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Morphix Technologies® Chameleon® Arson Investigation Kit is now the Fire Investigator Safety Kit

The Chameleon Fire Investigator Safety Kit is configured with toxic chemical sensors specifically for responders and personnel in fire investigations.

Virginia Beach, Va. (May 2019) – Morphix Technologies®, an innovator in the science of detection devices for dangerous chemicals, has renamed its Arson Investigation Kit to be the Fire Investigator Safety Kit. This configuration of Morphix Technologies’ Chameleon® Chemical Detection Armband provides responders, law enforcement, and fire scene investigators with an easy-to-use, low-cost tool to identify dangerous levels of toxic chemicals in the investigation after a fire. In todays modern world where plastics and chemicals are a part of almost everything made, it is important to protect oneself from unseen hazards during and after a fire.

Whether a fire occurs in a residence, business or industrial facility, combustion creates a cocktail of toxic gases in the fire smoke. After a fire has been resolved, fire officials, fire investigators, and law enforcement are called to ascertain whether a fire was criminal or accidental in nature. Even with the fire extinguished, the burn site still produces unseen toxic chemicals. According to a recent article published by NBC News, “modern homes and businesses [are] full of synthetics, plastics, and chemicals that can explode much faster and coat firefighters in a toxic soot.”[1] Since several of these chemicals are not visible or produce a distinct odor, investigators and other personnel may not be aware of the airborne hazards. A CDC/National Institute for Occupational Safety and Health study tracked nearly 30,000 firefighters across the country in 2010 and found higher rates of cancer than the general population.[2] The Chameleon Fire Investigator Safety Kit alerts the investigating team to the potential of toxic gases allowing them to leave the area or take other precautions before an injury can occur.

Chameleon Chemical Detection Armband

Chameleon Chemical Detection Armband

The Chameleon Fire Investigator Safety Kit can be used alone or in addition to chemical protective suits and masks to identify dangerous levels of a variety of hazardous chemicals. The Kit is an easy-to-use, inexpensive, wearable, reusable armband that can hold up to 10 cassettes, each of which detects a particular toxic chemical and changes color upon detection. The Kit includes one cassette each of the following: ammonia, hydrogen, cyanide, hydrogen, fluoride, hydrogen sulfide, low pH (acid), nitrogen dioxide, phosgene, and sulfur dioxide. Two colors appear in the window when a toxic gas is present and requires no power source or calibration. Unlike current colorimetric, the Chameleon is designed to military standards for use in a wide variety of operating environments including desert heat, arctic cold, tropical conditions, and immersion in salt or fresh water. Morphix Technologies has prioritized its product development based on the advice of the U.S. military and law enforcement agencies, so the Chameleon Chemical Detection Armband cassettes are available for many of the high-risk Toxic Industrial Chemicals (TICs) identified by the U.S. government. It has also been approved by the U.S. SAFETY Act of the Department of Homeland Security as an anti-terrorist technology.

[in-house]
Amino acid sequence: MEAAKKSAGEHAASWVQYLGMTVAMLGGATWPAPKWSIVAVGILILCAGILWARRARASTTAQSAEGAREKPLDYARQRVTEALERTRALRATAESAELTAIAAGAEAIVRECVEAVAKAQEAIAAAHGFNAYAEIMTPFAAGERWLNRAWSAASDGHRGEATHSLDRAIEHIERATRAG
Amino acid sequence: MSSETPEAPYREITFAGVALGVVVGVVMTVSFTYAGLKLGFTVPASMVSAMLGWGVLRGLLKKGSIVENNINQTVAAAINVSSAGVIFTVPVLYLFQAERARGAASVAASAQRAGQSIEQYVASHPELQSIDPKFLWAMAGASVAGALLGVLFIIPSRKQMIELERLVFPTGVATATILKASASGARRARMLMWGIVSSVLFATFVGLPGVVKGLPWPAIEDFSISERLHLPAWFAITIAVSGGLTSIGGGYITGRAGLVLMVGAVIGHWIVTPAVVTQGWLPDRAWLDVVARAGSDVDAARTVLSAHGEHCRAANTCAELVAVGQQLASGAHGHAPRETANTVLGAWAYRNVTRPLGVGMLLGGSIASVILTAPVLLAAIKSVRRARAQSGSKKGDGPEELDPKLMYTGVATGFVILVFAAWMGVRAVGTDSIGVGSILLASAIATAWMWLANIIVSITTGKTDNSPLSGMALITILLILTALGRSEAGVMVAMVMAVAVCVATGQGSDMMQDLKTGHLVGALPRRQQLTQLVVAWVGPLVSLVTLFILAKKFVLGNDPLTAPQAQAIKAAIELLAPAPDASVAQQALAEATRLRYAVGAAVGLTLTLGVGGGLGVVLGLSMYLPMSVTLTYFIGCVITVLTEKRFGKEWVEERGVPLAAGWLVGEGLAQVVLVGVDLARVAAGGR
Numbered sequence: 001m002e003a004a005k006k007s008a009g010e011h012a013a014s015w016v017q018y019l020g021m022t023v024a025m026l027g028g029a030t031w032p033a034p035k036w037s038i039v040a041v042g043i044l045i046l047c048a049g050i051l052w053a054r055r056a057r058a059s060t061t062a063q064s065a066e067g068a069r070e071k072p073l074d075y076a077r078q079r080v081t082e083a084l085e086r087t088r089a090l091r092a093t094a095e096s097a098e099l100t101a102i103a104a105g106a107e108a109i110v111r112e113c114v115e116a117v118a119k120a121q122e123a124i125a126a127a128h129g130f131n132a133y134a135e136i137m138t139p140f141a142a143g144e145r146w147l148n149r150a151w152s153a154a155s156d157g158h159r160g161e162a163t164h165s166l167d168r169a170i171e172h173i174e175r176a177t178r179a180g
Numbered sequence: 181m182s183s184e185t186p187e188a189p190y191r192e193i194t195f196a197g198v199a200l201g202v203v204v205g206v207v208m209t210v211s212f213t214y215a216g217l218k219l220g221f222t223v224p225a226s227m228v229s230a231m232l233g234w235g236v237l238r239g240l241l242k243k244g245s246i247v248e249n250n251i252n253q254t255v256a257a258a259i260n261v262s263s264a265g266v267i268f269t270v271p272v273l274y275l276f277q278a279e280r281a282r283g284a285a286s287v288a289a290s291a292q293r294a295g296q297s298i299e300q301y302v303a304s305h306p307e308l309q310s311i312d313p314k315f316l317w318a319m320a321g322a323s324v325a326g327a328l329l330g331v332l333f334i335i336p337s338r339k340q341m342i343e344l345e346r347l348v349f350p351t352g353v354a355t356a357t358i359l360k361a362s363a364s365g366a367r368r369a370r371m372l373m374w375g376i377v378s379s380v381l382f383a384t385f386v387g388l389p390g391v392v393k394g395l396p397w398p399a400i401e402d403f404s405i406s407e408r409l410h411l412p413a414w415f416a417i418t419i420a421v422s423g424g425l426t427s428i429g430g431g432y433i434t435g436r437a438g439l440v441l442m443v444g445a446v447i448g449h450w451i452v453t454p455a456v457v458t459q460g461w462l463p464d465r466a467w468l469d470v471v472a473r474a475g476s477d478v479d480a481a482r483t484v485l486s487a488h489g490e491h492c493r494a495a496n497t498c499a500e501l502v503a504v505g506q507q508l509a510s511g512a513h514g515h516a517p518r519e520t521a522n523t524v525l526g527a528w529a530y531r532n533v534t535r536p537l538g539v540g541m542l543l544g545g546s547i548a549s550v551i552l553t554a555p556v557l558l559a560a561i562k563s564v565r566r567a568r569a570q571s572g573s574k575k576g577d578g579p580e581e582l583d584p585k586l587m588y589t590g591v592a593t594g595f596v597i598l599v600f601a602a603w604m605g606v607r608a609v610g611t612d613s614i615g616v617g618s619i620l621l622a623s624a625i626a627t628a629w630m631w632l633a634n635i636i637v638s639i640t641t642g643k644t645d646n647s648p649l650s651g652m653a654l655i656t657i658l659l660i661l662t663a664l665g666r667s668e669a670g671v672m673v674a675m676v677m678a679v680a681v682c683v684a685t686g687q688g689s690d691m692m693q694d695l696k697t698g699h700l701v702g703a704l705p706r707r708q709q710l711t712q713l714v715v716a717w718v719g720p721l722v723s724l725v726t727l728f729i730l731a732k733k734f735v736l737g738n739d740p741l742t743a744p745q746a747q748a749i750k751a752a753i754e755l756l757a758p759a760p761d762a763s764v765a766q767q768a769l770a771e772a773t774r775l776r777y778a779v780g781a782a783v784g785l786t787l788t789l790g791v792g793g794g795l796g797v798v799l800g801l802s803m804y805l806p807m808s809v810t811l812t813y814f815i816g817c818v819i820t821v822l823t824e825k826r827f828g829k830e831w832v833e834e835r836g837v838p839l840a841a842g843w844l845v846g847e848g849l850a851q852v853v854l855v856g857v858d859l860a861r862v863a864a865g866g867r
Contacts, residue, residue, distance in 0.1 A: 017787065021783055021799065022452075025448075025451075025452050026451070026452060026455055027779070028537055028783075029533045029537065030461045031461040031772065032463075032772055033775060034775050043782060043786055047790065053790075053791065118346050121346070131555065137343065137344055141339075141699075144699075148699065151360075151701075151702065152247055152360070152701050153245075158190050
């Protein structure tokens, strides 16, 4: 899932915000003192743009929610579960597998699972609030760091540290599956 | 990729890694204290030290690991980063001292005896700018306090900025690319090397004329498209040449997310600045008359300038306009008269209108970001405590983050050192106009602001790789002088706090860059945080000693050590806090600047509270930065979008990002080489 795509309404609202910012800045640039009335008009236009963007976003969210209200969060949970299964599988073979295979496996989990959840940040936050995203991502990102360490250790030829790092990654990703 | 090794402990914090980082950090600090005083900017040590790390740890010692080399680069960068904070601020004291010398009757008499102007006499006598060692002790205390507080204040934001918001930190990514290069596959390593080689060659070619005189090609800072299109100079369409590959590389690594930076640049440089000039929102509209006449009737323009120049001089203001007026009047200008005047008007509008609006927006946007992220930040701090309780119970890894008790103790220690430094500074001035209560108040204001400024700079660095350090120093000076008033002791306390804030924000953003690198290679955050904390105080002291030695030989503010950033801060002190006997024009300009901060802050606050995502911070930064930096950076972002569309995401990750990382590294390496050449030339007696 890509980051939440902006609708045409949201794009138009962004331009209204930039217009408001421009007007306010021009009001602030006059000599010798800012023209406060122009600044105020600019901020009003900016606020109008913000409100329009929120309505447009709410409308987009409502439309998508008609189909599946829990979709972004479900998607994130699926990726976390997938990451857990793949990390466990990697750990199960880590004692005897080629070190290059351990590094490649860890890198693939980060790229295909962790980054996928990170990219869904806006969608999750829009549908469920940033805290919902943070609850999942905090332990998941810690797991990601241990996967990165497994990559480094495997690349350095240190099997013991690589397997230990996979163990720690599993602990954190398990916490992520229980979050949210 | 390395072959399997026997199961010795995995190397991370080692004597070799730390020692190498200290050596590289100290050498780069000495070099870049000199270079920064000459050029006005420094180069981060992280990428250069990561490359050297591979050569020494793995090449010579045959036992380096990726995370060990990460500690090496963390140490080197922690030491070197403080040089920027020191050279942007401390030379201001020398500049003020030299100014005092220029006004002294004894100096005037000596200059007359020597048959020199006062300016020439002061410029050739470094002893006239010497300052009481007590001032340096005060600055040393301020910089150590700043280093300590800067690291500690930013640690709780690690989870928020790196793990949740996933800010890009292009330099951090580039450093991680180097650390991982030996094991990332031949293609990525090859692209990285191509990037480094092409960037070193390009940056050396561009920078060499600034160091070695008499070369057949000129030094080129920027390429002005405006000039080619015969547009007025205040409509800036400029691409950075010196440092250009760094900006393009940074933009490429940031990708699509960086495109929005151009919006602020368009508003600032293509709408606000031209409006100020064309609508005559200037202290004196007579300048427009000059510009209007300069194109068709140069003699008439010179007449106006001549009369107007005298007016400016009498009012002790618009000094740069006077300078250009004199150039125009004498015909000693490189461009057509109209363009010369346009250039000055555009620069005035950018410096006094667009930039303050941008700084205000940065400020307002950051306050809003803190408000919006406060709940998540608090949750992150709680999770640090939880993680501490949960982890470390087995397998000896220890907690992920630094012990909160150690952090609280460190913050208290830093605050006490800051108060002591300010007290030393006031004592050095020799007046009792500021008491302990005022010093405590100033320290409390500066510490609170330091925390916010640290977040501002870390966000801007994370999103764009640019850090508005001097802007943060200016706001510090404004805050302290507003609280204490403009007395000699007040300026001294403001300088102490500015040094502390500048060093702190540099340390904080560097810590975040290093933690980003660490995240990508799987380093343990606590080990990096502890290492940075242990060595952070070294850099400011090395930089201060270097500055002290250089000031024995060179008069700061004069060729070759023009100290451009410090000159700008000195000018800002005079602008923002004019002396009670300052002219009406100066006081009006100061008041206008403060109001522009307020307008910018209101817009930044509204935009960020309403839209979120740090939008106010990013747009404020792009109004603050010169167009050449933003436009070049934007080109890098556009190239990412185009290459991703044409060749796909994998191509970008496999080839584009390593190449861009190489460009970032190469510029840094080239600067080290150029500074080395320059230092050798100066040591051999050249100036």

If you’d like to receive more information about our products, please contact Morphix Technologies toll-free in the US at 800-808-2234 or +1-757-431-2260 internationally. You can also email

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About Morphix Technologies®:

Morphix Technologies®, located in Virginia Beach, Virginia, is an ISO 9001:2015 certified company creating and manufacturing products that detect invisible dangers in order to save lives.  Morphix Technologies® has taken innovation to the next level with high-quality, easy-to-use, cost-effective and simple colorimetric sensor technology for military, law enforcement, first responders, emergency, homeland security, and industrial personnel.

[1] Tom Costello, “Cancer Is the Biggest Killer of America’s Firefighters,” NBC News,

[2] Tom Costello, “Cancer Is the Biggest Killer of America’s Firefighters,” NBC News,